When you order your credit score and report through Finder, you'll also receive updates if anything changes on your report. That way you can stay on top of your finances and any impacts on your score.
2. Check your report for high-risk listings
If your score is low, review your report and look out for negative listings. This could include multiple credit enquiries in a short space of time, credit cards with high limits, multiple loan accounts and black marks such as late payments, defaults, serious credit infringements and bankruptcies. Defaults can last on your credit report for five years, while serious credit infringements and bankruptcies will stay on your report for 7 years. You can only remove a negative listing from your account if it's incorrect. You can see our guide to removing invalid black marks and defaults from your credit report for more information.
3. Remove any incorrect information
If you've found any incorrect listings on your account, contact your creditor or the credit reporting bureau that you ordered your report through to have them removed. You can also seek professional help from a credit repair agency. This will charge a fee, but they know what to look for and who to contact to remove these listings. However, it's still worth weighing up the benefits and the costs before you go through an agency. It's important to remember that they can only remove illegitimate negative listings from your account.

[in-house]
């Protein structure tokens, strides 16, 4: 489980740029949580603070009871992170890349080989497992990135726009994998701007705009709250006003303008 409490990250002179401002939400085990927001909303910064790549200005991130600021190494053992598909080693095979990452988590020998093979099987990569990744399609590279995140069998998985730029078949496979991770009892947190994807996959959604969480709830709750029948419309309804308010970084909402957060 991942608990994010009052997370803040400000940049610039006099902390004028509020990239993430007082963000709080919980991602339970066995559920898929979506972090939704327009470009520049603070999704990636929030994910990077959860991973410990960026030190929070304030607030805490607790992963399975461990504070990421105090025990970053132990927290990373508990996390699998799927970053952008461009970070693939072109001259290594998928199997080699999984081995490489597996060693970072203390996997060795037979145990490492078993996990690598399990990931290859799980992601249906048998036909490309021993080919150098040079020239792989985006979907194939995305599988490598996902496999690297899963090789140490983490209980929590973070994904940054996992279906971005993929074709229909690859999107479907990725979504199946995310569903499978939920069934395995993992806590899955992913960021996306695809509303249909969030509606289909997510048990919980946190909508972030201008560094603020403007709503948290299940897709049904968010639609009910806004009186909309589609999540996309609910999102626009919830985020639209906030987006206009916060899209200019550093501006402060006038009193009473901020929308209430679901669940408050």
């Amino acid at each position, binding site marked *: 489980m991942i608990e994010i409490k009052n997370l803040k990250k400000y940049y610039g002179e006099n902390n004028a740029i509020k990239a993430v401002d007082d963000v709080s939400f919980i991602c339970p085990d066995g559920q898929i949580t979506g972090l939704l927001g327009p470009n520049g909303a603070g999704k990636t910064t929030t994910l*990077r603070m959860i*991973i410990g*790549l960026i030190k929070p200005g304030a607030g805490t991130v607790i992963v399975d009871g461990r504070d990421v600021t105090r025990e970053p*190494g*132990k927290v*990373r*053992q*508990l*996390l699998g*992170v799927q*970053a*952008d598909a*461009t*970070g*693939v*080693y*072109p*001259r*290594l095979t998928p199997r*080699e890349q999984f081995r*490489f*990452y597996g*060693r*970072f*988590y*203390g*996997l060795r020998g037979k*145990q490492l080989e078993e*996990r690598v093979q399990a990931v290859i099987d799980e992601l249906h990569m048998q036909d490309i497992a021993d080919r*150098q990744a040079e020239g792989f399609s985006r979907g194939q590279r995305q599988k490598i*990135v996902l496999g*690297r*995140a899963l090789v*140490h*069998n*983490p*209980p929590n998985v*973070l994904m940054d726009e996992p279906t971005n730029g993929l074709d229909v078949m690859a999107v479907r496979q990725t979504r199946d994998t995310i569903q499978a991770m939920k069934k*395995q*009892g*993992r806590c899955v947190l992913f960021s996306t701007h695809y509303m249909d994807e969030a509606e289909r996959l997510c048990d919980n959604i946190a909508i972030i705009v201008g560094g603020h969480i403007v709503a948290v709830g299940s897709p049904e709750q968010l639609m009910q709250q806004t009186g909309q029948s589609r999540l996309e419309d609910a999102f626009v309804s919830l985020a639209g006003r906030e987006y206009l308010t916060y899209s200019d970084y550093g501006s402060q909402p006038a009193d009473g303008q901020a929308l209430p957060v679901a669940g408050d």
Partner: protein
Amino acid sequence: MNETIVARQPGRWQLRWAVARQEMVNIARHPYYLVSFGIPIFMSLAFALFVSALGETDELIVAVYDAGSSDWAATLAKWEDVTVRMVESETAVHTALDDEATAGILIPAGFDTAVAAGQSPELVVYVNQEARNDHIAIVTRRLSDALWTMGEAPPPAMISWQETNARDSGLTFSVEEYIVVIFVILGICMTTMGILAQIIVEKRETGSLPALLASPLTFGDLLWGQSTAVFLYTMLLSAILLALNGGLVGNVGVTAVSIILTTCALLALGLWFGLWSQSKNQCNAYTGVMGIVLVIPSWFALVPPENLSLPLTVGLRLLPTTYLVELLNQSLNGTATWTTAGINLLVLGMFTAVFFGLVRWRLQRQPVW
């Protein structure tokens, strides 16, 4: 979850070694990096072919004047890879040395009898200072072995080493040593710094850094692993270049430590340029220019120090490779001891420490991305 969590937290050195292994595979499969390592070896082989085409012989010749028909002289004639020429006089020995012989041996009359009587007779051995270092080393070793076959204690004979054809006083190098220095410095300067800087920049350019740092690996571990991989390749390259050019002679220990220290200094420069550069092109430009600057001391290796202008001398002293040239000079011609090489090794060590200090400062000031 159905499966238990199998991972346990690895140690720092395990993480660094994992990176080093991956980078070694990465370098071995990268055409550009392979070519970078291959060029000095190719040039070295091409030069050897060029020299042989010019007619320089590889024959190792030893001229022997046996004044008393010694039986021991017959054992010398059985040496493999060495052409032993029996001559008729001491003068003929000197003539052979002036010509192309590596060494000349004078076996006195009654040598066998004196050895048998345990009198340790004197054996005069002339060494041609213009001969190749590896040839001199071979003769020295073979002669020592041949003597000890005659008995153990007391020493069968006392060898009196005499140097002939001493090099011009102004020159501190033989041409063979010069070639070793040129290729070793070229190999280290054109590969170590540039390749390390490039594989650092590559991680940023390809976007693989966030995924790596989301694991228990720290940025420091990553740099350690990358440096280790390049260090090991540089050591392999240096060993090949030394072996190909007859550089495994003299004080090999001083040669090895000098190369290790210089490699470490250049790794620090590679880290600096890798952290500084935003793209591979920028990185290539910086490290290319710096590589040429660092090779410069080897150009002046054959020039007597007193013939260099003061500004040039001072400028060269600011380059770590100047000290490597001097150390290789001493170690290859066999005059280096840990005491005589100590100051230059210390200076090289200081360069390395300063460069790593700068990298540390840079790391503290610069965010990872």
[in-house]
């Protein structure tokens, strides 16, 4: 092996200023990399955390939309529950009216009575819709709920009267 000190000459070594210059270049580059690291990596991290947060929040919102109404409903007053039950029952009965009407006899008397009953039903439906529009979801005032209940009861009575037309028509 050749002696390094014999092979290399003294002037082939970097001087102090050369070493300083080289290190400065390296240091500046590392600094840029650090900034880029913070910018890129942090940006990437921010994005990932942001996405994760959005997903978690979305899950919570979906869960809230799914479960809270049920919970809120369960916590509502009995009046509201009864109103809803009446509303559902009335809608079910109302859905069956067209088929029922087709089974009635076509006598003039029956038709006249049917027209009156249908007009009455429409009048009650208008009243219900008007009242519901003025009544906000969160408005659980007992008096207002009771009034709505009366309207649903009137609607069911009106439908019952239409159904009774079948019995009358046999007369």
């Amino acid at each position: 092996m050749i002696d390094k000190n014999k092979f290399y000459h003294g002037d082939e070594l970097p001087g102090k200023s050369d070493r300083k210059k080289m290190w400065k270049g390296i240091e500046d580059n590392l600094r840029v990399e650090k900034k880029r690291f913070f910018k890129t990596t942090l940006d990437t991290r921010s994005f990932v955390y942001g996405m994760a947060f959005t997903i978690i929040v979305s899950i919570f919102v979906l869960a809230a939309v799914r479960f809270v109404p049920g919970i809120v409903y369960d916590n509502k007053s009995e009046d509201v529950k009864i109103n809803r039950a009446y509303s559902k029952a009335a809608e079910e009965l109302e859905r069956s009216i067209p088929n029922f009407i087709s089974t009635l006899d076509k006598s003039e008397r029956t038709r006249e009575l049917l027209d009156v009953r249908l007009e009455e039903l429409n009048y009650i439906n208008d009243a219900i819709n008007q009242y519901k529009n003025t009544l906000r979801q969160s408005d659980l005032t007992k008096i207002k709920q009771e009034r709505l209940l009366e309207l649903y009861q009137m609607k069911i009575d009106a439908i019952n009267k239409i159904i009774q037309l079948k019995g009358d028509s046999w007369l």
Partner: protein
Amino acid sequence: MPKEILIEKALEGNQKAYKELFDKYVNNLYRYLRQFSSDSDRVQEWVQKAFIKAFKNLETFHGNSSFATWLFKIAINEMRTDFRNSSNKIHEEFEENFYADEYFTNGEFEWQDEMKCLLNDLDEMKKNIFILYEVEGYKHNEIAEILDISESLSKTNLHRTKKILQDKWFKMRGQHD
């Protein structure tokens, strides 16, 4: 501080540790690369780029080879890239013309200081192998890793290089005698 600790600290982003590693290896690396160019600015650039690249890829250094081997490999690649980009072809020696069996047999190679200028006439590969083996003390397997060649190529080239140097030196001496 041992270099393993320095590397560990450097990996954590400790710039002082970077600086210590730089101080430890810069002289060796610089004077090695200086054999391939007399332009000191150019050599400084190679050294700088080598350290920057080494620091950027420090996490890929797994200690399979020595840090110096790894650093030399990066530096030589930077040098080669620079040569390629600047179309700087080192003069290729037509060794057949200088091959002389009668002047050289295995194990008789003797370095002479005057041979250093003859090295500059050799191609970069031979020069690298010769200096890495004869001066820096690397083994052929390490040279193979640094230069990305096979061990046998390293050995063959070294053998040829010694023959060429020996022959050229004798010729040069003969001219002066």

4. Identify listings that you can improve
If all of the listings on your credit report are valid, there are still steps you can take to improve your position. For instance, if you have a high credit limit that you aren't using, you can contact your bank to lower it. If you have multiple personal loans or credit card debt, you can consolidate them under one product with a promotional 0% interest rate and pay it off with no interest. You should also make sure you're paying all of your bills on time and create a budget to repay any existing debts.